As we begin to reach the point of diminishing returns for the traditional silicon-based FinFET fabrication process, the hardware giants are inevitably turning their attention to other solutions. The elephant in the room (or the pie in the sky, if you like) is quantum computing. This is an embryonic, expensive and risky technology that could open the gateway to heaps more computing power.
This week at CES 2018, Intel has made another huge leap toward quantum computing, revealing its first 49-qubit superconducting quantum test chip - ‘Tangle Lake’. The name is taken from an Alaskan lake, referring to the extremely cold temperatures required in order to a quantum processor to even function.
It marks a significant improvement in scaling from Intel, who just two months ago unveiled its 17-qubit quantum chip. Qubit is short for Quantum Bit. Unlike ordinary bits, which are either 1 or 0, Qubits can be both 1 and 0 states at the same time. If that’s blowing your mind a little bit, be sure to check out Shaheryar’s excellent piece on Everything You Need to Know About Quantum Computing.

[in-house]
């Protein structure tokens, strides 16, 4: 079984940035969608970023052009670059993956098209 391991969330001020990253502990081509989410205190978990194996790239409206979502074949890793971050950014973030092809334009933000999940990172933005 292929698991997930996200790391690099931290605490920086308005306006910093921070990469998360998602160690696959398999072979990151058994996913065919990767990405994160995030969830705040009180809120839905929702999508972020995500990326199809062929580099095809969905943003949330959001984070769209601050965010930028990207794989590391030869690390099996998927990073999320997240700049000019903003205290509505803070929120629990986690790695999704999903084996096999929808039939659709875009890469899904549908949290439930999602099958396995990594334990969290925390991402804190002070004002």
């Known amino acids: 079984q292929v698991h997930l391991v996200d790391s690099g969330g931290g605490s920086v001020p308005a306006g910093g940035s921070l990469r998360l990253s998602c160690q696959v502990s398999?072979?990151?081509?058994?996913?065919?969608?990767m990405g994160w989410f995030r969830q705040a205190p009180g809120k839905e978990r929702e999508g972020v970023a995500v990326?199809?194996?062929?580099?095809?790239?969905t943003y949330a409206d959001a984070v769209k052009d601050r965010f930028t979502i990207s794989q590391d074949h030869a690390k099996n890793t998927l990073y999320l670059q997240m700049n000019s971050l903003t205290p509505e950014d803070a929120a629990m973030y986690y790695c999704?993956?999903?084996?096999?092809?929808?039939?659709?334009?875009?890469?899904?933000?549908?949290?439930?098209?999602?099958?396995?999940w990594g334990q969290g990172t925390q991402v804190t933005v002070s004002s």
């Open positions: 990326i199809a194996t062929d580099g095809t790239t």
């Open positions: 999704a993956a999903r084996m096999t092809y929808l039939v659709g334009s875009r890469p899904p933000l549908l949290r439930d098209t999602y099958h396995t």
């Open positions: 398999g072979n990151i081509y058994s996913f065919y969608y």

The theoretical end goal of quantum computing is in creating computers that run many times faster than they can today. Intel CEO Brian Krzanich said he expects quantum computing to solve in moments what it takes today’s supercomputers years of months to solve. However, we have a long way to go yet. While Intel’s 49-qubit cheap is a remarkable leap forward, Intel estimates its quantum chips will need to be at least 1 million qubits if it wants to become commercially viable.
“In the quest to deliver a commercially viable quantum computing system, it’s anyone’s game,” said Mike Mayberry, corporate vice president and managing director of Intel Labs. “We expect it will be five to seven years before the industry gets to tackling engineering-scale problems, and it will likely require 1 million or more qubits to achieve commercial relevance.”
Aside from greater qubits, Intel’s other concern is getting quantum chips to run stably at higher temperatures. At the moment quantum chips need to run at close to absolute zero, or -273C, which obviously imposes significant costs and setup difficulties, particularly in terms of commercial use.